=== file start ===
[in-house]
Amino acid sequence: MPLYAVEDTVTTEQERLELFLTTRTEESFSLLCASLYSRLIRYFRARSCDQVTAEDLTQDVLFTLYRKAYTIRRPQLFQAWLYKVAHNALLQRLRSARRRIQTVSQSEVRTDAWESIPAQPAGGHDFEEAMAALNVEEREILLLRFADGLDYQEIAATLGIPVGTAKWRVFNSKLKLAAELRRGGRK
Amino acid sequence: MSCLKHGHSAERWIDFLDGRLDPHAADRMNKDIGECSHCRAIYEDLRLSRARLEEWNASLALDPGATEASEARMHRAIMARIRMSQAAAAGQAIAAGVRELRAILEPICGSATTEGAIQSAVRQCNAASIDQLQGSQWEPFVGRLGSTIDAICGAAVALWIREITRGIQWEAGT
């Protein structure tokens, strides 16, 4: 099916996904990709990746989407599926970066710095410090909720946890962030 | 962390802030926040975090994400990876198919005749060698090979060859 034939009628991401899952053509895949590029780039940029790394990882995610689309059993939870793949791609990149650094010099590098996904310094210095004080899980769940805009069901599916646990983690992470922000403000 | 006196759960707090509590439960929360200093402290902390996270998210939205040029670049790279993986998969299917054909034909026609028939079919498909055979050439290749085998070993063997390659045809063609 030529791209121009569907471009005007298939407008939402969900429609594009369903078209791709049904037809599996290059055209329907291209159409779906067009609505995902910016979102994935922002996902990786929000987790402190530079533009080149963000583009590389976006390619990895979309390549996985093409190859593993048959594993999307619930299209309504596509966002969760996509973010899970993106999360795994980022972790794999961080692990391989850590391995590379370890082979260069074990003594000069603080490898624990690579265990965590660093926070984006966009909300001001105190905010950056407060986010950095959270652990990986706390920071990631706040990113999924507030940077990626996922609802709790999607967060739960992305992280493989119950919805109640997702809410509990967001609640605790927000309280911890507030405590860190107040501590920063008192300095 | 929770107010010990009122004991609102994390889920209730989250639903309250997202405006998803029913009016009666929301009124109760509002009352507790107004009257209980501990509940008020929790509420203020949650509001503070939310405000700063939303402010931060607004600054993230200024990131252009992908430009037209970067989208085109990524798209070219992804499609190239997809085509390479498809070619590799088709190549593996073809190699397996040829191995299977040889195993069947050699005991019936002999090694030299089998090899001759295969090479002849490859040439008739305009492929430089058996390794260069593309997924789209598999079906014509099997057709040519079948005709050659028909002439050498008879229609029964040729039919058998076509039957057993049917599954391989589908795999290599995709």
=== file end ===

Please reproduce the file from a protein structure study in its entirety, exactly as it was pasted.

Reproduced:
[in-house]
Amino acid sequence: MPLYAVEDTVTTEQERLELFLTTRTEESFSLLCASLYSRLIRYFRARSCDQVTAEDLTQDVLFTLYRKAYTIRRPQLFQAWLYKVAHNALLQRLRSARRRIQTVSQSEVRTDAWESIPAQPAGGHDFEEAMAALNVEEREILLLRFADGLDYQEIAATLGIPVGTAKWRVFNSKLKLAAELRRGGRK
Amino acid sequence: MSCLKHGHSAERWIDFLDGRLDPHAADRMNKDIGECSHCRAIYEDLRLSRARLEEWNASLALDPGATEASEARMHRAIMARIRMSQAAAAGQAIAAGVRELRAILEPICGSATTEGAIQSAVRQCNAASIDQLQGSQWEPFVGRLGSTIDAICGAAVALWIREITRGIQWEAGT
């Protein structure tokens, strides 16, 4: 099916996904990709990746989407599926970066710095410090909720946890962030 | 962390802030926040975090994400990876198919005749060698090979060859 034939009628991401899952053509895949590029780039940029790394990882995610689309059993939870793949791609990149650094010099590098996904310094210095004080899980769940805009069901599916646990983690992470922000403000 | 006196759960707090509590439960929360200093402290902390996270998210939205040029670049790279993986998969299917054909034909026609028939079919498909055979050439290749085998070993063997390659045809063609 030529791209121009569907471009005007298939407008939402969900429609594009369903078209791709049904037809599996290059055209329907291209159409779906067009609505995902910016979102994935922002996902990786929000987790402190530079533009080149963000583009590389976006390619990895979309390549996985093409190859593993048959594993999307619930299209309504596509966002969760996509973010899970993106999360795994980022972790794999961080692990391989850590391995590379370890082979260069074990003594000069603080490898624990690579265990965590660093926070984006966009909300001001105190905010950056407060986010950095959270652990990986706390920071990631706040990113999924507030940077990626996922609802709790999607967060739960992305992280493989119950919805109640997702809410509990967001609640605790927000309280911890507030405590860190107040501590920063008192300095 | 929770107010010990009122004991609102994390889920209730989250639903309250997202405006998803029913009016009666929301009124109760509002009352507790107004009257209980501990509940008020929790509420203020949650509001503070939310405000700063939303402010931060607004600054993230200024990131252009992908430009037209970067989208085109990524798209070219992804499609190239997809085509390479498809070619590799088709190549593996073809190699397996040829191995299977040889195993069947050699005991019936002999090694030299089998090899001759295969090479002849490859040439008739305009492929430089058996390794260069593309997924789209598999079906014509099997057709040519079948005709050659028909002439050498008879229609029964040729039919058998076509039957057993049917599954391989589908795999290599995709």